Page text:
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Clonidine Toxicity Medication

  • Author: David Riley, MD, MSc; Chief Editor: Asim Tarabar, MD  more...
 
Updated: Dec 04, 2015
 

Medication Summary

In general, treat with supportive care. Administer activated charcoal to all patients at risk for aspiration after intubation. Temporary support for symptomatic cardiovascular effects of clonidine also may be necessary.

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Cardiovascular Agents

Class Summary

Used to elevate blood pressure and heart rate in patients who already have been adequately volume resuscitated and remain in shock.

Dopamine (Intropin)

 

DOC in patients with clonidine toxicity who remain hypotensive after IVF. Stimulates adrenergic and dopaminergic receptors. Hemodynamic effect is dependent on dose. Lower doses predominantly stimulate dopaminergic receptors that, in turn, produce renal and mesenteric vasodilation. Higher doses produce cardiac stimulation and renal vasodilation.

Atropine IV/IM (Atropair)

 

Vagolytic for patients with bradycardia (eg, SA or AV nodal block).

Doses < 0.5 mg can produce a paradoxical reaction.

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Antagonist

Class Summary

May improve level of consciousness.

Naloxone (Narcan)

 

Absolute benefits are unproven and rates of success vary. Consider a drip if significant improvement results.

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GI Decontaminant

Class Summary

Empirically used to minimize systemic absorption of the toxin. Most effective if administered within 4 h of ingestion.

Activated charcoal (Liqui-Char)

 

Emergency treatment in poisoning caused by drugs and chemicals. Network of pores present in activated charcoal adsorbs 100-1000 mg of drug per gram of charcoal. Does not dissolve in water.

For maximum effect, administer within 30 min of ingesting poison.

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Contributor Information and Disclosures
Author

David Riley, MD, MSc RDMS, RDCS, RVT, RMSK, Assistant Clinical Professor of Medicine, Director of Emergency Ultrasonography and Ultrasound Research, Attending Physician, Department of Emergency Medicine, Columbia University Medical Center, New York Presbyterian Hospital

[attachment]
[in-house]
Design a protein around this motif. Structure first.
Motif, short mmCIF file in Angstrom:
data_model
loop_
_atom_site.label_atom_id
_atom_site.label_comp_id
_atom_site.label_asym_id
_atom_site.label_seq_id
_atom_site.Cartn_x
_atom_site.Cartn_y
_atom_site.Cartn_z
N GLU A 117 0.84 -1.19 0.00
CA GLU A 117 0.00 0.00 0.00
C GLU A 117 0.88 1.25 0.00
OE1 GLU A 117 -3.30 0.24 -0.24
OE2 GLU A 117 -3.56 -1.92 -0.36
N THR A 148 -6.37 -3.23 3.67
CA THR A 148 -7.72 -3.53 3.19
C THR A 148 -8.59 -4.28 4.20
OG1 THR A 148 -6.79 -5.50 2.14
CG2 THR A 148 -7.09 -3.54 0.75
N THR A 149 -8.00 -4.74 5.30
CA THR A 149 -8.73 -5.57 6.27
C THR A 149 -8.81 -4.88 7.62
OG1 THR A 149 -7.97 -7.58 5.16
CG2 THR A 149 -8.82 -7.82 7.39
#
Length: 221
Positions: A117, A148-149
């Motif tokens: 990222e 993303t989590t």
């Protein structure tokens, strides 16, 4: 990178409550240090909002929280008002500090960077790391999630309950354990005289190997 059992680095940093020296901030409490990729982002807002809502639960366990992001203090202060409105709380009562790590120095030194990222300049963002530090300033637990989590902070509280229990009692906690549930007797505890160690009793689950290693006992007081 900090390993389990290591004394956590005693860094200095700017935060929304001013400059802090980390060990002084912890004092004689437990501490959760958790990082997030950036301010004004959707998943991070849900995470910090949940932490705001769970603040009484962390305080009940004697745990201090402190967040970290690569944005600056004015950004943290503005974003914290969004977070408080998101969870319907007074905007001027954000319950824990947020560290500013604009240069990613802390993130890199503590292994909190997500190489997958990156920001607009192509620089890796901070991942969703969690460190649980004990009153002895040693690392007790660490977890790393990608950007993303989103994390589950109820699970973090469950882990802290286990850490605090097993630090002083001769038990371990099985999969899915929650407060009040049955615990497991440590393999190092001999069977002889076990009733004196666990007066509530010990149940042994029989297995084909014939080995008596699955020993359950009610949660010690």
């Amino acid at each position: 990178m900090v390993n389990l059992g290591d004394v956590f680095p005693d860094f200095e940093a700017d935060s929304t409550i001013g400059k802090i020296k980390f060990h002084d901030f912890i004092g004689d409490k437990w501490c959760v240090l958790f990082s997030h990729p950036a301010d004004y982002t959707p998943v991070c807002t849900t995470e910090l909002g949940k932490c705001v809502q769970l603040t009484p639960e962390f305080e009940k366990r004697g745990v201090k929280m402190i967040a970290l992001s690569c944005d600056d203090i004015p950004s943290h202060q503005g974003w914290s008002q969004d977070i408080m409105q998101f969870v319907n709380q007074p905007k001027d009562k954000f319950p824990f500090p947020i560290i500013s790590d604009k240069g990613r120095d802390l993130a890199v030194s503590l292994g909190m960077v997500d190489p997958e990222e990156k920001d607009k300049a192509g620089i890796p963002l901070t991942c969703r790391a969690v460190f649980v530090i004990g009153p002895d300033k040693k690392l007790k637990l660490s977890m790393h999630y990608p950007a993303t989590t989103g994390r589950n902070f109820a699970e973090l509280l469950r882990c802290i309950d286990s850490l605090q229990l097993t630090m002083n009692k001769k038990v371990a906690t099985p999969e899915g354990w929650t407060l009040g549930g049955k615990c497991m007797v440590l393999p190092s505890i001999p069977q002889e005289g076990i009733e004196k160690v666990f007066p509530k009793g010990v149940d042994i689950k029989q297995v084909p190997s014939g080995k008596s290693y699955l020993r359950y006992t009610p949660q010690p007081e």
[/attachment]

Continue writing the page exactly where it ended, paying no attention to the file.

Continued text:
David Riley, MD, MSc is a member of the following medical societies: American Academy of Emergency Medicine, American Institute of Ultrasound in Medicine, American Society of Echocardiography, American College of Emergency Physicians, Society for Academic Emergency Medicine

Disclosure: Nothing to disclose.

Specialty Editor Board

John T VanDeVoort, PharmD Regional Director of Pharmacy, Sacred Heart and St Joseph's Hospitals

John T VanDeVoort, PharmD is a member of the following medical societies: American Society of Health-System Pharmacists

Disclosure: Nothing to disclose.

John G Benitez, MD, MPH Associate Professor, Department of Medicine, Medical Toxicology, Vanderbilt University Medical Center; Managing Director, Tennessee Poison Center

John G Benitez, MD, MPH is a member of the following medical societies: American Academy of Clinical Toxicology, American Academy of Emergency Medicine, American College of Medical Toxicology, American College of Preventive Medicine, Undersea and Hyperbaric Medical Society, Wilderness Medical Society, American College of Occupational and Environmental Medicine

Disclosure: Nothing to disclose.

Chief Editor

Asim Tarabar, MD Assistant Professor, Director, Medical Toxicology, Department of Emergency Medicine, Yale University School of Medicine; Consulting Staff, Department of Emergency Medicine, Yale-New Haven Hospital

Disclosure: Nothing to disclose.

Additional Contributors

Edward A Michelson, MD Associate Professor, Program Director, Department of Emergency Medicine, University Hospital Health Systems of Cleveland

Edward A Michelson, MD is a member of the following medical societies: American College of Emergency Physicians, National Association of EMS Physicians, Society for Academic Emergency Medicine

Disclosure: Nothing to disclose.

References
  1. Mowry JB, Spyker DA, Brooks DE, McMillan N, Schauben JL. 2014 Annual Report of the American Association of Poison Control Centers' National Poison Data System (NPDS): 32nd Annual Report. Clin Toxicol (Phila). 2015 Dec. 53 (10):962-1147. [Medline]. [Full Text].

  2. Perruchoud C, Bovy M, Durrer A, Rosato M, Rutschmann B, Mustaki JP, et al. Severe hypertension following accidental clonidine overdose during the refilling of an implanted intrathecal drug delivery system. Neuromodulation. 2012 Jan-Feb. 15(1):31-4; discussion 34. [Medline].

  3. Ahmad SA, Scolnik D, Snehal V, Glatstein M. Use of naloxone for clonidine intoxication in the pediatric age group: case report and review of the literature. Am J Ther. 2015 Jan-Feb. 22 (1):e14-6. [Medline].

  4. Wasserberger J, Ordog GJ. Naloxone-induced hypertension in patients on clonidine. Ann Emerg Med. 1988 May. 17 (5):557. [Medline].

  5. Hegenbarth MA, American Academy of Pediatrics Committee on Drugs. Preparing for pediatric emergencies: drugs to consider. Pediatrics. 2008 Feb. 121(2):433-43. [Medline].

  6. Roberge RJ, McGuire SP, Krenzelok EP. Yohimbine as an antidote for clonidine overdose. Am J Emerg Med. 1996 Nov. 14 (7):678-80. [Medline].

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